Unfortunately, TB isn’t a simple disease so these measurements are far from straightforward in application because many factors may be at play in a national epidemic. First of all, (thankfully) not all re-activated TB is infectious. Pulmonary TB (the most common type) is generally accepted to be the most infectious; extra-pulmonary TB (TB which has infected another organ and constitutes globally perhaps 10%-20% of the pandemic) generally isn’t; bovine TB (extra-pulmonary TB contracted from drinking unpasteurized milk or poorly cooked meat from an infected animal) generally isn’t infectious either. But even amongst pulmonary TB cases infectiousness is known to be highly variable. Generally ‘sputum-positive’ cases (those who are diagnosed by sputum microscopy when visible TB mycobacteria can be seen in a sample of their sputum by microscope) are predictably more infectious than ‘sputum-negative’ cases (those diagnosed either simply by symptoms or by X-ray because there are no signs of TB mycobacteria on their microscope slides) for instance. And such sputum-negative cases comprise about 40% of the estimated pandemic.
But to make things more complicated still, a TB infection doesn’t remotely mean automatic illness anyway. This is because not all of those infected by the disease go on to develop active (potentially infectious and lethal) TB – in fact normally only a small percentage do, between 5% and 10% of infected latent cases – and this re-activation can often take years to happen. For the vast majority the disease remains contained by the first response of the infected person’s immune system – in which case it’s called a ‘latent’ infection without illness or symptoms but with an on-going possibility of breaking out at some later date and re-activating into full-blown TB. If one happens to be HIV-positive as well, however, the odds are very heavily stacked against the disease remaining in this latent condition for very long – in fact the current guesstimate is that it becomes a frightening 26 times more likely to re-activate. If you think about this for a moment it makes this possibility much more like a stone certainty.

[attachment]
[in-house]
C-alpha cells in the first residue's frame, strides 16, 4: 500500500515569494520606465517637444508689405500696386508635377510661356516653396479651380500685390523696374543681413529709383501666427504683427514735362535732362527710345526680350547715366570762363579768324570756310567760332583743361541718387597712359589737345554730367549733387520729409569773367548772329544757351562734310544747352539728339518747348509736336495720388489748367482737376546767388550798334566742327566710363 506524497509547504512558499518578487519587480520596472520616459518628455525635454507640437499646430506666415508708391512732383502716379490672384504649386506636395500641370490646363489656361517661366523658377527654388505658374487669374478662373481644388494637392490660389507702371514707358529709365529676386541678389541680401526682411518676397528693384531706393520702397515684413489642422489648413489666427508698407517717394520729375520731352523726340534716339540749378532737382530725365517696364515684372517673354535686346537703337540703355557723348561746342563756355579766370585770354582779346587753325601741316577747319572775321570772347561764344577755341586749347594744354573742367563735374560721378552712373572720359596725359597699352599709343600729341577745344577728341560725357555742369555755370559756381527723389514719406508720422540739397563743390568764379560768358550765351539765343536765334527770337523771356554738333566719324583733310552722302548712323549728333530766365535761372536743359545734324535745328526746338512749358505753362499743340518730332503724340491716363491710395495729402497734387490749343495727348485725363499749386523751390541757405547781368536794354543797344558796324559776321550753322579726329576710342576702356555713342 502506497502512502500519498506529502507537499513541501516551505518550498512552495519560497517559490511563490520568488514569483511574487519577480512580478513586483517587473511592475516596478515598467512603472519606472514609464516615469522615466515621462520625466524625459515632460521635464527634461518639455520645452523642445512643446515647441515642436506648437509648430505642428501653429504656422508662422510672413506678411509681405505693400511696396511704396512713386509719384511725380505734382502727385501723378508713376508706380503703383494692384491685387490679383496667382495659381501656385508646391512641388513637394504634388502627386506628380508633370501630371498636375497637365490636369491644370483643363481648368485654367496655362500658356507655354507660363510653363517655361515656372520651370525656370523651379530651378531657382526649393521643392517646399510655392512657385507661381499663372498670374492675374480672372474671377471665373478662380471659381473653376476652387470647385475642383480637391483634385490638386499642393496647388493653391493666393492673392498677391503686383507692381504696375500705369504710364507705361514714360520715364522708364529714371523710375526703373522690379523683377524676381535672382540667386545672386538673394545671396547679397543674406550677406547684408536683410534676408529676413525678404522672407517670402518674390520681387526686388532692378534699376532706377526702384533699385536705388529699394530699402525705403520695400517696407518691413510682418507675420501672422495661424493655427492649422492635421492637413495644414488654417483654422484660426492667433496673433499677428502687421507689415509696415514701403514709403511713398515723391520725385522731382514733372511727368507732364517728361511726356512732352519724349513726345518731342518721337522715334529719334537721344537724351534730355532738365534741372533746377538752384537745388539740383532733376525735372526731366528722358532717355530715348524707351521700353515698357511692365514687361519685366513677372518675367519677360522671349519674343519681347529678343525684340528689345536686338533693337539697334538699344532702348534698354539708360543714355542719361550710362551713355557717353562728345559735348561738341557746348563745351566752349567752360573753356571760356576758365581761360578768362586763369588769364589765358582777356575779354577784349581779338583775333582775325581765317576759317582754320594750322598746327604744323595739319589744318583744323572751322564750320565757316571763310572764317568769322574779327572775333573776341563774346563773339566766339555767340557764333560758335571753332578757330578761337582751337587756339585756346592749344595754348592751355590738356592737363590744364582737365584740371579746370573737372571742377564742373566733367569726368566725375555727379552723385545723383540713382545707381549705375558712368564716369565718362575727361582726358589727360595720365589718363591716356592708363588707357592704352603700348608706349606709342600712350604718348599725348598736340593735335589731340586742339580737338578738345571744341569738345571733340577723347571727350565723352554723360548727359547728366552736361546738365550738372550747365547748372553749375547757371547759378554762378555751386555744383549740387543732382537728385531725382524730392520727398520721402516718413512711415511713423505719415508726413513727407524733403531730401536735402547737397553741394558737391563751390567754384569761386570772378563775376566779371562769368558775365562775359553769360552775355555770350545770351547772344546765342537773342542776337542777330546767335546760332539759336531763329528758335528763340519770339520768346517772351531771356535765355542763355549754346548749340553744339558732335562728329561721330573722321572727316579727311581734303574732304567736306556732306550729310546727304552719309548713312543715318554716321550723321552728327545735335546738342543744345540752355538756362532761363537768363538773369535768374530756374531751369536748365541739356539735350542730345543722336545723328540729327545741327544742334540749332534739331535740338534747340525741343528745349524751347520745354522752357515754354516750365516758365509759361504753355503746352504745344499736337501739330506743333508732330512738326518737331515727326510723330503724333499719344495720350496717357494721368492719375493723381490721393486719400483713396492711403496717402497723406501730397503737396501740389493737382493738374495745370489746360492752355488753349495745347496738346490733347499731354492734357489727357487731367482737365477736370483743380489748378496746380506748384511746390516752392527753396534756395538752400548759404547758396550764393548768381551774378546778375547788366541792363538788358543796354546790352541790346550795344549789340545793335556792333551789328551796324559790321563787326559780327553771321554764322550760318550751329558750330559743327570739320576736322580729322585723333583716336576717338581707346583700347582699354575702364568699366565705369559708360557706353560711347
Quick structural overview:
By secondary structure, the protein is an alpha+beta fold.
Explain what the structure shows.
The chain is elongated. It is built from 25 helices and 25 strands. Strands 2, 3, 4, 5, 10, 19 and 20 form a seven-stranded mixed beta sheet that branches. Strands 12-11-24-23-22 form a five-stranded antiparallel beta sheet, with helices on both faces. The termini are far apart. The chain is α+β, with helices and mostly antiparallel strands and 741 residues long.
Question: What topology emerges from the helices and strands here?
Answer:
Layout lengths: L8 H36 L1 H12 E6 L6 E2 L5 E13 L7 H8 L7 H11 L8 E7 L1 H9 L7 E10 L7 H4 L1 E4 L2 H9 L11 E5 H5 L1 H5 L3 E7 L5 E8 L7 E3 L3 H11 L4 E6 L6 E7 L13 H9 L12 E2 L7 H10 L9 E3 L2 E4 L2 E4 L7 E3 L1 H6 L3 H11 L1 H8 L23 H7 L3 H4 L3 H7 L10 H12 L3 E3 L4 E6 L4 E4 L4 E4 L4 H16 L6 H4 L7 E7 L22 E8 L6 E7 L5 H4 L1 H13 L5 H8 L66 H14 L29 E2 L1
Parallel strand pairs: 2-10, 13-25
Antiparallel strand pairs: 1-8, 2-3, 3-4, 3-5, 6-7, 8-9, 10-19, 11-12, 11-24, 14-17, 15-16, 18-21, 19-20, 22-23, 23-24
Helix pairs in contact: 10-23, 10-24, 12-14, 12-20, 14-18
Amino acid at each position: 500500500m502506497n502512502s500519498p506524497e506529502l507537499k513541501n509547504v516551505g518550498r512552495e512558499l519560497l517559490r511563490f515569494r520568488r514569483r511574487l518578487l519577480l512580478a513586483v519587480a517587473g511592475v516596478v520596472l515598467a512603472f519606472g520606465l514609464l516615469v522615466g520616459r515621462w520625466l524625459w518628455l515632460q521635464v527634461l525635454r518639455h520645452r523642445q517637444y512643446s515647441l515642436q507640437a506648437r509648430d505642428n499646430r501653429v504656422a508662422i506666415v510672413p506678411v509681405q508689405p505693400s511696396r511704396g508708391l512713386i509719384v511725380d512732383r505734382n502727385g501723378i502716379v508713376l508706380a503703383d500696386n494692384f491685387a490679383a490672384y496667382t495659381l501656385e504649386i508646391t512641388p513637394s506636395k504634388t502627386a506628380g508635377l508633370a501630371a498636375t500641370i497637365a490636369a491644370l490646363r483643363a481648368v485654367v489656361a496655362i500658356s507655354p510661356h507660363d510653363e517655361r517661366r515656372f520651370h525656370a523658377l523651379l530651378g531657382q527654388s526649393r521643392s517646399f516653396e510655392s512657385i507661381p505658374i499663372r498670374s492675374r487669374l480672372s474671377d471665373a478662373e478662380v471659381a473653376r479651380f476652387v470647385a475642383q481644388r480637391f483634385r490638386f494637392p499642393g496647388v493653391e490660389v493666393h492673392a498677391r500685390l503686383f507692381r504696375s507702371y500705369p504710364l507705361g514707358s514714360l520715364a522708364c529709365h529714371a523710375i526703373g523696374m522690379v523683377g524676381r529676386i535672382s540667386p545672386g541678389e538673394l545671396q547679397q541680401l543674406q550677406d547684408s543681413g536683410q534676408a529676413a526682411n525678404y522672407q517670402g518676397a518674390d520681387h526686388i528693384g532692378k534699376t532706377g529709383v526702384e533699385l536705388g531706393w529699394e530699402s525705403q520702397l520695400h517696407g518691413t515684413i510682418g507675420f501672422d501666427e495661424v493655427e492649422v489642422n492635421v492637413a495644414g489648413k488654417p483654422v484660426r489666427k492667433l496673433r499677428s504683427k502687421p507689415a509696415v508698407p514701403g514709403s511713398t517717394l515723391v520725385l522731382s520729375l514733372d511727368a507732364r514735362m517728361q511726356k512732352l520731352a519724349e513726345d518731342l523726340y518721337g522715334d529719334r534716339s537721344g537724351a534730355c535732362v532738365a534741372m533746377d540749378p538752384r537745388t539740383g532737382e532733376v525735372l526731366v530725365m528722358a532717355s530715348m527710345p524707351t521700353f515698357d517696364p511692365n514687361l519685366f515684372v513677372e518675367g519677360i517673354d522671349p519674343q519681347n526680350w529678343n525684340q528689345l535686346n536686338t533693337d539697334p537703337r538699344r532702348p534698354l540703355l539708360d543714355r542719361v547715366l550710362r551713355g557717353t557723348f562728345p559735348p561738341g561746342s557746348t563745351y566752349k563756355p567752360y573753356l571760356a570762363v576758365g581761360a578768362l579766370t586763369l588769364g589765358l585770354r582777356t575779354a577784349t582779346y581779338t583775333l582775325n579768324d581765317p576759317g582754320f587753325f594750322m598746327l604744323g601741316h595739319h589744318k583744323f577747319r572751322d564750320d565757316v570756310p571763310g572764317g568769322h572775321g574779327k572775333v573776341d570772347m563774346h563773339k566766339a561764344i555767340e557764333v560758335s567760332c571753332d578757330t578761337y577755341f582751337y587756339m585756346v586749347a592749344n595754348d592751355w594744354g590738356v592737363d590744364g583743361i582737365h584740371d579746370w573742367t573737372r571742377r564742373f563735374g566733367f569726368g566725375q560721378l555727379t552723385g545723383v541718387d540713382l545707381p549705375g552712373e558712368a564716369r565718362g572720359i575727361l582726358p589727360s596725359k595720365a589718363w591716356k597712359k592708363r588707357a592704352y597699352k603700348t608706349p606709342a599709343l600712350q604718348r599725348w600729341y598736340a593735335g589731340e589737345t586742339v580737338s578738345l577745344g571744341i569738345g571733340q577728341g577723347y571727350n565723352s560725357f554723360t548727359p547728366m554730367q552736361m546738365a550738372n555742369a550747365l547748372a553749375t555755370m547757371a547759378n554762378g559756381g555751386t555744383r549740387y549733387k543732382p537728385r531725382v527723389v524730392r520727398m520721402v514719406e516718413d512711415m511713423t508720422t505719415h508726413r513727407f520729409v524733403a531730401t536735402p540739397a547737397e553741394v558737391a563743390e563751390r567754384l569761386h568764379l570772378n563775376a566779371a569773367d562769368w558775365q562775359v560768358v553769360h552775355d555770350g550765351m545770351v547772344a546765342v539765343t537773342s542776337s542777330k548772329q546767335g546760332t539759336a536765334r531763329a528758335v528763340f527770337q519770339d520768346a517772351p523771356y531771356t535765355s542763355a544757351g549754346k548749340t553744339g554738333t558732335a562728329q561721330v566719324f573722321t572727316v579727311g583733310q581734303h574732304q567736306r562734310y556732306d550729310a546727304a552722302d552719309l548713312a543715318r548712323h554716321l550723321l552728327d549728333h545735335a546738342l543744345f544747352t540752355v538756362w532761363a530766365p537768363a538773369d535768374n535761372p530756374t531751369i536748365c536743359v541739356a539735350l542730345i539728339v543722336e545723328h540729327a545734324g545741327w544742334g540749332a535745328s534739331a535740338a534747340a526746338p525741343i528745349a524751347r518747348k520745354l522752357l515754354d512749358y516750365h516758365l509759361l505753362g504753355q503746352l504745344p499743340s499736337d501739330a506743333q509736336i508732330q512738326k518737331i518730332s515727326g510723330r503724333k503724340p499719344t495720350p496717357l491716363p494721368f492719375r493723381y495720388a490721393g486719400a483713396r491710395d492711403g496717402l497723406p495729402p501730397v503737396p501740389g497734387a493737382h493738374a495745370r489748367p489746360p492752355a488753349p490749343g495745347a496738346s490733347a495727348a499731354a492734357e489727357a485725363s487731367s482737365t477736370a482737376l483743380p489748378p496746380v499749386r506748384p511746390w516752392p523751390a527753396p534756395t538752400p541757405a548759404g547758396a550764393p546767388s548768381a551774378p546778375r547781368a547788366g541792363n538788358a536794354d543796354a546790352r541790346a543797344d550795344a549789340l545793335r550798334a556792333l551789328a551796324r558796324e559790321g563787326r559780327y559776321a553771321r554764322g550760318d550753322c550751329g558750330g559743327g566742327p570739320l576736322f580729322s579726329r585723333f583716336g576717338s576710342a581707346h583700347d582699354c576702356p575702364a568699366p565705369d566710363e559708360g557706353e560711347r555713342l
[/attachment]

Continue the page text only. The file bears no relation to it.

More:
So far so good, if that’s the only way to describe such a depressing summary.
The missing measurement for MDR disease
Strangely no estimated prevalence rates for either MDR- or XDR-TB yet appear in the annual Reports. Generally these Reports offer absolute estimated numbers of MDR cases calculated directly from percentages of the wider pandemic which have been estimated themselves from prior surveys of drug-resistance in the countries concerned. So if there are estimated to be 10,000 new cases of TB in a country in the year in question, and 5% of its TB disease is reckoned to be MDR, then 500 new MDR cases can be assumed to be arising. Sometimes these estimates are the results of national surveys, and sometimes they are extrapolated from sub-national ones. And sometimes these estimated percentages are from surveys that are a decade or more old.
One general problem with these incidence/prevalence indicators is that their value can fluctuate when the base numbers are low, and this may possibly be why they’ve been avoided with MDR-TB so far. This concern is only really relevant, however, if there are any inherent risks of ‘false positive’ diagnoses – in other words if a medical test for the disease in question is known to produce a proportion of false positive diagnoses because only a few can then really throw the numbers. With diagnostic tests for TB, however, this isn’t the case - actually it’s the opposite. TB tests generally are inherently unreliable and are far more likely to produce false negative results (hence the necessary categorisation of ‘sputum-negative’ disease for when the disease is clinically diagnosed despite the absence of any confirmation by bacteriological tests). All widely available approved tests for TB is statistically likely to provide some false negative diagnoses, so it really doesn’t seem that this particular caution should be being applied with this disease. So we’re really not sure why prevalence of MDR-TB isn’t being assessed.
The implications with MDR- and XDR-TB